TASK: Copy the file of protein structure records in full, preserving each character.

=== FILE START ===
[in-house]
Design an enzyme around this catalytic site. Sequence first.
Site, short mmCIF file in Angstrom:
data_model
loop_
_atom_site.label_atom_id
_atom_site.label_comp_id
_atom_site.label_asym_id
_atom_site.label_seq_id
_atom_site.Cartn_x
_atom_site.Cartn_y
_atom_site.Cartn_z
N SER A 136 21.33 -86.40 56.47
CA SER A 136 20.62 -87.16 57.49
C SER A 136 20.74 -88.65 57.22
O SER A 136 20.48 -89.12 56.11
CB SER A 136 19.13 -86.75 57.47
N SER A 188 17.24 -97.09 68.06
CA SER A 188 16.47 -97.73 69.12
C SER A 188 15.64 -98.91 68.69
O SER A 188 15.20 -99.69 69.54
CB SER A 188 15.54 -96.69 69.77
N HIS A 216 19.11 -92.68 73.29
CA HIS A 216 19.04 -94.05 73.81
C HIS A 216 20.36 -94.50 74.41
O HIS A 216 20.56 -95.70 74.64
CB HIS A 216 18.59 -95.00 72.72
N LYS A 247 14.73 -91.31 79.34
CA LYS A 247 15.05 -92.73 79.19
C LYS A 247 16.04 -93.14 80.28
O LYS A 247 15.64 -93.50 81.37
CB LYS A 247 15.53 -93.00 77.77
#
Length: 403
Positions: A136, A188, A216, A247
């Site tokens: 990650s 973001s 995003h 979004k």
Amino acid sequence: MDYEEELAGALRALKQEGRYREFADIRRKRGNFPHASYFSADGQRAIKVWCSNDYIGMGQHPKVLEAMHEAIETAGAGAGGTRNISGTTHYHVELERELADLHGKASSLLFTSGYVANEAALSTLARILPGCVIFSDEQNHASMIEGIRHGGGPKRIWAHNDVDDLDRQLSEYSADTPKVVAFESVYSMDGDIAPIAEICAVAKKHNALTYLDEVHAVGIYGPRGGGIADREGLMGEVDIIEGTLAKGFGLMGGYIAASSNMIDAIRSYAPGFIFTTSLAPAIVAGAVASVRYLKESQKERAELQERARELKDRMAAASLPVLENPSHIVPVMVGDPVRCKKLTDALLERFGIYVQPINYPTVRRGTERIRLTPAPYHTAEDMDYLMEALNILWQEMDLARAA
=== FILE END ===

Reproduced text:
[in-house]
Design an enzyme around this catalytic site. Sequence first.
Site, short mmCIF file in Angstrom:
data_model
loop_
_atom_site.label_atom_id
_atom_site.label_comp_id
_atom_site.label_asym_id
_atom_site.label_seq_id
_atom_site.Cartn_x
_atom_site.Cartn_y
_atom_site.Cartn_z
N SER A 136 21.33 -86.40 56.47
CA SER A 136 20.62 -87.16 57.49
C SER A 136 20.74 -88.65 57.22
O SER A 136 20.48 -89.12 56.11
CB SER A 136 19.13 -86.75 57.47
N SER A 188 17.24 -97.09 68.06
CA SER A 188 16.47 -97.73 69.12
C SER A 188 15.64 -98.91 68.69
O SER A 188 15.20 -99.69 69.54
CB SER A 188 15.54 -96.69 69.77
N HIS A 216 19.11 -92.68 73.29
CA HIS A 216 19.04 -94.05 73.81
C HIS A 216 20.36 -94.50 74.41
O HIS A 216 20.56 -95.70 74.64
CB HIS A 216 18.59 -95.00 72.72
N LYS A 247 14.73 -91.31 79.34
CA LYS A 247 15.05 -92.73 79.19
C LYS A 247 16.04 -93.14 80.28
O LYS A 247 15.64 -93.50 81.37
CB LYS A 247 15.53 -93.00 77.77
#
Length: 403
Positions: A136, A188, A216, A247
């Site tokens: 990650s 973001s 995003h 979004k």
Amino acid sequence: MDYEEELAGALRALKQEGRYREFADIRRKRGNFPHASYFSADGQRAIKVWCSNDYIGMGQHPKVLEAMHEAIETAGAGAGGTRNISGTTHYHVELERELADLHGKASSLLFTSGYVANEAALSTLARILPGCVIFSDEQNHASMIEGIRHGGGPKRIWAHNDVDDLDRQLSEYSADTPKVVAFESVYSMDGDIAPIAEICAVAKKHNALTYLDEVHAVGIYGPRGGGIADREGLMGEVDIIEGTLAKGFGLMGGYIAASSNMIDAIRSYAPGFIFTTSLAPAIVAGAVASVRYLKESQKERAELQERARELKDRMAAASLPVLENPSHIVPVMVGDPVRCKKLTDALLERFGIYVQPINYPTVRRGTERIRLTPAPYHTAEDMDYLMEALNILWQEMDLARAA